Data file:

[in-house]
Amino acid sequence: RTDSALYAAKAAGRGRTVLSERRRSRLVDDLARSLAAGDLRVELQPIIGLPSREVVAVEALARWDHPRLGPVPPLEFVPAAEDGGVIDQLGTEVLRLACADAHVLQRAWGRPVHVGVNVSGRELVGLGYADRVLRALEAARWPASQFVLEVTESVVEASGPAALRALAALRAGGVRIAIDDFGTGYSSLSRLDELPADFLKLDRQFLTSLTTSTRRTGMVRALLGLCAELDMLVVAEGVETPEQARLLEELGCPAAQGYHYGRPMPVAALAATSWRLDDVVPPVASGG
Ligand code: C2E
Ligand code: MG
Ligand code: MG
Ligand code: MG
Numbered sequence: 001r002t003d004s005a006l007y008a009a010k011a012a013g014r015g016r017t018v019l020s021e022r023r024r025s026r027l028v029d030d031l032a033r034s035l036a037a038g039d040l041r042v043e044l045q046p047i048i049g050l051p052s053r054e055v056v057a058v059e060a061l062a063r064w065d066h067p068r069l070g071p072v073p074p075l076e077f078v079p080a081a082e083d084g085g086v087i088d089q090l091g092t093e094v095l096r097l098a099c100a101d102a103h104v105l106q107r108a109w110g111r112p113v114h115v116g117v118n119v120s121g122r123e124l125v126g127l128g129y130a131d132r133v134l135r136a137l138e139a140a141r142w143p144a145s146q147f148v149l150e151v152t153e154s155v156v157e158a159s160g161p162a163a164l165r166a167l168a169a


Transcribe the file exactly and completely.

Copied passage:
[in-house]
Amino acid sequence: RTDSALYAAKAAGRGRTVLSERRRSRLVDDLARSLAAGDLRVELQPIIGLPSREVVAVEALARWDHPRLGPVPPLEFVPAAEDGGVIDQLGTEVLRLACADAHVLQRAWGRPVHVGVNVSGRELVGLGYADRVLRALEAARWPASQFVLEVTESVVEASGPAALRALAALRAGGVRIAIDDFGTGYSSLSRLDELPADFLKLDRQFLTSLTTSTRRTGMVRALLGLCAELDMLVVAEGVETPEQARLLEELGCPAAQGYHYGRPMPVAALAATSWRLDDVVPPVASGG
Ligand code: C2E
Ligand code: MG
Ligand code: MG
Ligand code: MG
Numbered sequence: 001r002t003d004s005a006l007y008a009a010k011a012a013g014r015g016r017t018v019l020s021e022r023r024r025s026r027l028v029d030d031l032a033r034s035l036a037a038g039d040l041r042v043e044l045q046p047i048i049g050l051p052s053r054e055v056v057a058v059e060a061l062a063r064w065d066h067p068r069l070g071p072v073p074p075l076e077f078v079p080a081a082e083d084g085g086v087i088d089q090l091g092t093e094v095l096r097l098a099c100a101d102a103h104v105l106q107r108a109w110g111r112p113v114h115v116g117v118n119v120s121g122r123e124l125v126g127l128g129y130a131d132r133v134l135r136a137l138e139a140a141r142w143p144a145s146q147f148v149l150e151v152t153e154s155v156v157e158a159s160g161p162a163a164l165r166a167l168a169a